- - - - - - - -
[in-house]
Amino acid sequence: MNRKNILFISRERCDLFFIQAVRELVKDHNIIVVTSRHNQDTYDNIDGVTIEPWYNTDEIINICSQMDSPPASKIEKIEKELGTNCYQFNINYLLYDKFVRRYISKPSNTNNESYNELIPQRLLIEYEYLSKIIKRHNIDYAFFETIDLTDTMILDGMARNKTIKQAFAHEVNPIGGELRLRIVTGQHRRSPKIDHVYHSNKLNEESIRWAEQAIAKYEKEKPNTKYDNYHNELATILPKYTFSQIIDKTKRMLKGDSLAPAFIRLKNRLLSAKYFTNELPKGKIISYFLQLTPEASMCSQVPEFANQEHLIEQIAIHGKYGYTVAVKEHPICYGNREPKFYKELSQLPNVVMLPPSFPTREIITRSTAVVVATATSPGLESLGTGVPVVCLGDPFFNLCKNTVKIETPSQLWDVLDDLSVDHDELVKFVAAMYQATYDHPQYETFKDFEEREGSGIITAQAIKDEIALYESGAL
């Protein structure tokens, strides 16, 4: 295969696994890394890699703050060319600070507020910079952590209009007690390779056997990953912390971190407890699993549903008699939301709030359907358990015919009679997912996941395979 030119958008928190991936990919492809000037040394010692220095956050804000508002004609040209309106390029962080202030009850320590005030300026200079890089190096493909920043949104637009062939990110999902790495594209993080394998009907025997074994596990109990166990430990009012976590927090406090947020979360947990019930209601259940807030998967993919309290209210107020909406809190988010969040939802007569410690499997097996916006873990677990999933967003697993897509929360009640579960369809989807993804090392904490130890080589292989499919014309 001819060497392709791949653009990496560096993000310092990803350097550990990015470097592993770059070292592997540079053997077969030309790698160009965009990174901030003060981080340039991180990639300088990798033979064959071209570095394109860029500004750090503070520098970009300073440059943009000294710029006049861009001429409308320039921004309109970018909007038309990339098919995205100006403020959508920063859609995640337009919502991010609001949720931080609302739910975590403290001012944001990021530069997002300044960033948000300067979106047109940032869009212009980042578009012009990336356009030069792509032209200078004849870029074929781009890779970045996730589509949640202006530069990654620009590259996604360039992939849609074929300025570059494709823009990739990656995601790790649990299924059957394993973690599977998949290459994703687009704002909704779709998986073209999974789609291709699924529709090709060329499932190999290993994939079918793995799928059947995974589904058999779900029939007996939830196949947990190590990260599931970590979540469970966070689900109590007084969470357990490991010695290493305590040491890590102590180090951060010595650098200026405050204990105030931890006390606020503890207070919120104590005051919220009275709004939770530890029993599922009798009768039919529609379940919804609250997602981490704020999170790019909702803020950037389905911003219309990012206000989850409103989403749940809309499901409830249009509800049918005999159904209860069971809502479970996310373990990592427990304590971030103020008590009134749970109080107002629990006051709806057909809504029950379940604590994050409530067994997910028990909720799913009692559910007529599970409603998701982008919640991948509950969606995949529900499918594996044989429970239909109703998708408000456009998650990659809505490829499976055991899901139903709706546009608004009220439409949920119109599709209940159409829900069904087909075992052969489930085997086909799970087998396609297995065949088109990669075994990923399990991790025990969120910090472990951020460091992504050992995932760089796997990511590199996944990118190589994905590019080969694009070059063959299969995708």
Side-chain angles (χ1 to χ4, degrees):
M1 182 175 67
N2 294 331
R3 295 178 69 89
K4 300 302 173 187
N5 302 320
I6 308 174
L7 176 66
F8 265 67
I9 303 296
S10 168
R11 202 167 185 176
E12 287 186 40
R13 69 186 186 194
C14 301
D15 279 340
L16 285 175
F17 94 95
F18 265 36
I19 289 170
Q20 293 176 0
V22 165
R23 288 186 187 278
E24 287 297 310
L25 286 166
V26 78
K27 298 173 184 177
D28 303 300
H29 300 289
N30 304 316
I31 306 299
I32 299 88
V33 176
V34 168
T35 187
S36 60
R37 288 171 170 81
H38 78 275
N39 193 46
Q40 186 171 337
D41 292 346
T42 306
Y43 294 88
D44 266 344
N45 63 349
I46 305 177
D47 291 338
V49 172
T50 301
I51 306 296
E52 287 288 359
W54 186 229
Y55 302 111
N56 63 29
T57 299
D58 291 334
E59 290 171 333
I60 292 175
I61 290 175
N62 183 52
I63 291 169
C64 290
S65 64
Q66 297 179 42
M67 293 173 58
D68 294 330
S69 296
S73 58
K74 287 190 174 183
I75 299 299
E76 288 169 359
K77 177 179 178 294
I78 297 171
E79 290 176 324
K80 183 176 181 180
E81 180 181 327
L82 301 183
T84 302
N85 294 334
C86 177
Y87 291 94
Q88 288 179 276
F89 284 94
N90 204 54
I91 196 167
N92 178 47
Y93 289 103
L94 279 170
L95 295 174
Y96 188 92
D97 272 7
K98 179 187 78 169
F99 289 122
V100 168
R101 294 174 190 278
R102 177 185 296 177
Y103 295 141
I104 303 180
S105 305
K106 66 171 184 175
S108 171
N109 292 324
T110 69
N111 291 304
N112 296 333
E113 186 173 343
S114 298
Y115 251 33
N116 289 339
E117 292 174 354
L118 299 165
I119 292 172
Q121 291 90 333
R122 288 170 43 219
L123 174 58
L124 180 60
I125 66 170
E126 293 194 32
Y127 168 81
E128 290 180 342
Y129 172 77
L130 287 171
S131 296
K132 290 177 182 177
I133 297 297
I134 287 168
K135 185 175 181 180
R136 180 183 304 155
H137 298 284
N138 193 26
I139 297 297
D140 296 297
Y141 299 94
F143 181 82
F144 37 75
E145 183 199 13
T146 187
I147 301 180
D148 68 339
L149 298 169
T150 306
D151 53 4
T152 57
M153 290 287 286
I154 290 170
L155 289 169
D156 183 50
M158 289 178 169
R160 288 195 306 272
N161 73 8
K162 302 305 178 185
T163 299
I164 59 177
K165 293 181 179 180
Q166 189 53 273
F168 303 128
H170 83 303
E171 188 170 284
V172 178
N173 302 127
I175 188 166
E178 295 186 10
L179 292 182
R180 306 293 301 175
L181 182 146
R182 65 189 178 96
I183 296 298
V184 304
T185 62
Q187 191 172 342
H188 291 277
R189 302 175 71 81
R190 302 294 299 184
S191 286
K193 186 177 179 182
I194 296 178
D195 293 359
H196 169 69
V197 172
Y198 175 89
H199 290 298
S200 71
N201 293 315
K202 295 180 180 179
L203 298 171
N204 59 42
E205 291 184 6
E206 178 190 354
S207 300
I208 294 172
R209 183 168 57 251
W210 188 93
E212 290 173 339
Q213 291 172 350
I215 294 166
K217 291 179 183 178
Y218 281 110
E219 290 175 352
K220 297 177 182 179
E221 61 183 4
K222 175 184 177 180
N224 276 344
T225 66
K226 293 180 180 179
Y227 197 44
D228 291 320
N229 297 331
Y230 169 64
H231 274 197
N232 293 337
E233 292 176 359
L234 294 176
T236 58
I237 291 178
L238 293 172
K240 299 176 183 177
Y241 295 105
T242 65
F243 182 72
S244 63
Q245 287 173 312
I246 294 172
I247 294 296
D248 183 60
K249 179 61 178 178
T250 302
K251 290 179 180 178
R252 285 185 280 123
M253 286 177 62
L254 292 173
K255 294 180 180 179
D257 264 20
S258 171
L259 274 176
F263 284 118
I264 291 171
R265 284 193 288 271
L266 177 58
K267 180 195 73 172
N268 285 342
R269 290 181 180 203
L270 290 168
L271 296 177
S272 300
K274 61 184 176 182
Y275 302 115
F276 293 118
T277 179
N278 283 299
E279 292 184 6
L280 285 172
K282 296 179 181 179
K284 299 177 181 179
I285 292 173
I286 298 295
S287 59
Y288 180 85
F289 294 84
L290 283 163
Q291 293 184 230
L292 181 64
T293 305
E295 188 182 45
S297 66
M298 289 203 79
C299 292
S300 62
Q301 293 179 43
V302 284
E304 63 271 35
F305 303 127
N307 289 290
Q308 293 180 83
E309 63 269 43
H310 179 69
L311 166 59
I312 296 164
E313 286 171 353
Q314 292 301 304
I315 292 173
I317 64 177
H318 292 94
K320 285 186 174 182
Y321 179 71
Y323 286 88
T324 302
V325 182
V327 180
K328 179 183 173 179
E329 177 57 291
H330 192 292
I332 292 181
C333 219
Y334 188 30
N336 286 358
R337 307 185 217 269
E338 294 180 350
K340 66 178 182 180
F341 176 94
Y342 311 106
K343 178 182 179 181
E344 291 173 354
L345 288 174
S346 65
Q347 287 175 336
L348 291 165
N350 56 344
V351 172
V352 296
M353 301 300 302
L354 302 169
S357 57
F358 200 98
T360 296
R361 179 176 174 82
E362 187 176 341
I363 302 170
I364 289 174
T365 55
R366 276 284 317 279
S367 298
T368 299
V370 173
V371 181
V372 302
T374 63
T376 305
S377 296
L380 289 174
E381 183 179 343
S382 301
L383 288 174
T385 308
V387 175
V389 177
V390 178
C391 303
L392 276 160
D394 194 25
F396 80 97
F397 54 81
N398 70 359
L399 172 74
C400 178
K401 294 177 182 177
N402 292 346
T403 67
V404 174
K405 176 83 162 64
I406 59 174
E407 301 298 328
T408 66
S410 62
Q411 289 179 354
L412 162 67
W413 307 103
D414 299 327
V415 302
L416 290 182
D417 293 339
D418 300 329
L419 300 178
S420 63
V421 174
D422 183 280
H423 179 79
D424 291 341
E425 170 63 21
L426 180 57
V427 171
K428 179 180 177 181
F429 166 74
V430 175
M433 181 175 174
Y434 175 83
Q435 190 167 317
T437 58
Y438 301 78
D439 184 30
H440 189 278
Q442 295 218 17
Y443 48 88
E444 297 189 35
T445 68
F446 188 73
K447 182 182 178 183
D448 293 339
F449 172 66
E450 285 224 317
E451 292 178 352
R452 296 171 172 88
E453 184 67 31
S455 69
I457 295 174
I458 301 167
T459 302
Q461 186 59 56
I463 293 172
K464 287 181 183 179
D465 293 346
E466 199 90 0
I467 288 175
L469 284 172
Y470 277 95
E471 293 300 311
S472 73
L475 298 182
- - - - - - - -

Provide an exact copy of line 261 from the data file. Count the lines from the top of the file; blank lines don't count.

F289 294 84